"Winter at the mountain -- descent of the ridges"
Jullien brothers are attributed as the photographers and editors of this early 1900s vintage postcard that was printed in Geneva, Switzerland. The identification number J.J. 3056 is found on the same line as the caption. The scene shows mountain logging by sled or sledge with the caption in English as: “Winter at the mountain – descent of the ridges.”
I tried to find other pictures and some additional information about the sleds or sledges but did not find much. Generally the name sledge implies a heavier sled used for moving objects such as the logs shown. Some of the photos I did find showed logs piled high on the sledges while these seem to have smaller loads. The man guiding the front sled holds on to the top portion of the runner and uses his feet to help slow down. The upright pole on the side is some type of hand brake. The large log cargo is chained down to two long logs that appear to act similar to a travois as well as a braking device. The second sled has more logs piled on it and the long travois logs look to be in an upright position. The driver of that sled has one of his hands on the brake and his feet are more buried in the snow as he follows the first sled. It is hard to tell if the brake bar is connected to the two long poles and could perhaps lift or lower them when descending a steep slope or is an extra long drag pole to slow the descent. Accompanying the two sled drivers is a third person on skis.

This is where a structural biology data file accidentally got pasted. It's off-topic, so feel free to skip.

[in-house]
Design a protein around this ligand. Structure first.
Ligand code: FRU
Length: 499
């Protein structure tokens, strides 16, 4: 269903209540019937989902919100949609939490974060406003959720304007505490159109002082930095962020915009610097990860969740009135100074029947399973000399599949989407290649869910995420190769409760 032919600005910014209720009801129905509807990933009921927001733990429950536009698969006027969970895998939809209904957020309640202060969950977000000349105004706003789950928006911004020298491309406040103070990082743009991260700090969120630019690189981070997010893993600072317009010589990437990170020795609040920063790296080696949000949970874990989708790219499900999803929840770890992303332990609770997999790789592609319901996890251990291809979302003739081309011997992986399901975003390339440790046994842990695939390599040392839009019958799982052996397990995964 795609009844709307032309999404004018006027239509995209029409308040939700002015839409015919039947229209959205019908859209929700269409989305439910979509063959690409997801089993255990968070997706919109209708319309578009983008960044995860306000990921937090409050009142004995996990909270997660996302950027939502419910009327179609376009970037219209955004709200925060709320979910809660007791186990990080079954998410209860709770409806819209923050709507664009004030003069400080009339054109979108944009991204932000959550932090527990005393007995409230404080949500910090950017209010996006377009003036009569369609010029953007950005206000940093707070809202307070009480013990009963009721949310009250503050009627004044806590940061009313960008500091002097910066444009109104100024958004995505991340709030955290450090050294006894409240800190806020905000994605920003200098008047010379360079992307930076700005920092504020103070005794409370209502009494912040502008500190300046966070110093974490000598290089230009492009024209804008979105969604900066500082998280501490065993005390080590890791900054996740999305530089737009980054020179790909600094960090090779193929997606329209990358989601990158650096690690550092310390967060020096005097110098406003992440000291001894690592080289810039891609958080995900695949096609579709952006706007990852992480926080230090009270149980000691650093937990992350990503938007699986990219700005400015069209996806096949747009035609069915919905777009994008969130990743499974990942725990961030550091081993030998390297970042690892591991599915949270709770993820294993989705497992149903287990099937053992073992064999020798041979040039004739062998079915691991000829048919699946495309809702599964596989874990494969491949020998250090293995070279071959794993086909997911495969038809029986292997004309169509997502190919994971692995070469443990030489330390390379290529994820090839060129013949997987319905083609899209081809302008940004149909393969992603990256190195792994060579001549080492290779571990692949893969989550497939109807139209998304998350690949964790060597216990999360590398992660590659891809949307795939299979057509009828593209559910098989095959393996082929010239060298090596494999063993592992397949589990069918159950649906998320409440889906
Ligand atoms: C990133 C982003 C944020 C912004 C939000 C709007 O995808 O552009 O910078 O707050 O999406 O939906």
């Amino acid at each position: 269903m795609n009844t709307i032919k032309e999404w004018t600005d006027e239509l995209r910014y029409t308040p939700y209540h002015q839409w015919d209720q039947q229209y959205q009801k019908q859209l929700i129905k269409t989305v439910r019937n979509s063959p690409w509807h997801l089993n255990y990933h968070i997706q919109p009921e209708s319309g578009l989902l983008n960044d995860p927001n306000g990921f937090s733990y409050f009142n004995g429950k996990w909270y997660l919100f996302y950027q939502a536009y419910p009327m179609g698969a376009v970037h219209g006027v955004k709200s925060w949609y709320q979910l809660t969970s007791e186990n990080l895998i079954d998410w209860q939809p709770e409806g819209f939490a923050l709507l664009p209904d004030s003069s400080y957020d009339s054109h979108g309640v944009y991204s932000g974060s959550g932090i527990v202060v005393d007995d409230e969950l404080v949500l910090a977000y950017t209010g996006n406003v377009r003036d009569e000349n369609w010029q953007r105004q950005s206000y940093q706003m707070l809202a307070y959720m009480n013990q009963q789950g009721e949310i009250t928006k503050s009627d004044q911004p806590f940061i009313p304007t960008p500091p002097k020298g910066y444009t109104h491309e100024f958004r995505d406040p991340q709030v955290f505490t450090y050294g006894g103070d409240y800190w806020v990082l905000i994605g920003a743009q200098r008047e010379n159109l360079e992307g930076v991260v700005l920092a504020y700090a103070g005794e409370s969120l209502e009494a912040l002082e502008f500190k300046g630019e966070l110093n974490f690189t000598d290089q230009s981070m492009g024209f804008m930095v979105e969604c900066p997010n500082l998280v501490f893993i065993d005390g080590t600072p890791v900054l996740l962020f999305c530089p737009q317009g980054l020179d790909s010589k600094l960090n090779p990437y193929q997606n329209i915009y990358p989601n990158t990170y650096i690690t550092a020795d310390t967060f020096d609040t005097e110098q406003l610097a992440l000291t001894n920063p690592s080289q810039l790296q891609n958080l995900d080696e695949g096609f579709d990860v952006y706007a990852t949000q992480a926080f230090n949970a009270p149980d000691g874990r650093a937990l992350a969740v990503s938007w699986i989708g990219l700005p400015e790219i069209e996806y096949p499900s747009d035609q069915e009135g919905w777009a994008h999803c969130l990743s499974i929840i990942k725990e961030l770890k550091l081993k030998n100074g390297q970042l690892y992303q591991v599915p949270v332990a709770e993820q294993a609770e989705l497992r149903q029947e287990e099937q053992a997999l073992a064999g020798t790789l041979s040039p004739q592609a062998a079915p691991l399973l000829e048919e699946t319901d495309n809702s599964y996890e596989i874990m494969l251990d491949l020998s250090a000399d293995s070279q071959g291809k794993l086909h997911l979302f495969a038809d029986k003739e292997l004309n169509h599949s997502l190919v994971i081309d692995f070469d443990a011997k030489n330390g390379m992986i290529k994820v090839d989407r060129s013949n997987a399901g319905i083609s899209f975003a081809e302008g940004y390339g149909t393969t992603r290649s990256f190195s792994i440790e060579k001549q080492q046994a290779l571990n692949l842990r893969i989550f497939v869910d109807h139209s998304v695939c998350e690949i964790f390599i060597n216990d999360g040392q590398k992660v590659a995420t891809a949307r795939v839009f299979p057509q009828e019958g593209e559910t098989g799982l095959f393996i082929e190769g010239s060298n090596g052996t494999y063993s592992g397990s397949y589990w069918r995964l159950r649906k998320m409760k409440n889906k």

The number of ruts in the snow along this trail suggests that several such sleds have come down this same route. The men are traditionally dressed for work and must have been quite warm even in the snow from the hard labor needed to do this job. What an amazing peek into how logs were transported down a mountainside more than 100 years ago.
For general information about sleds, see: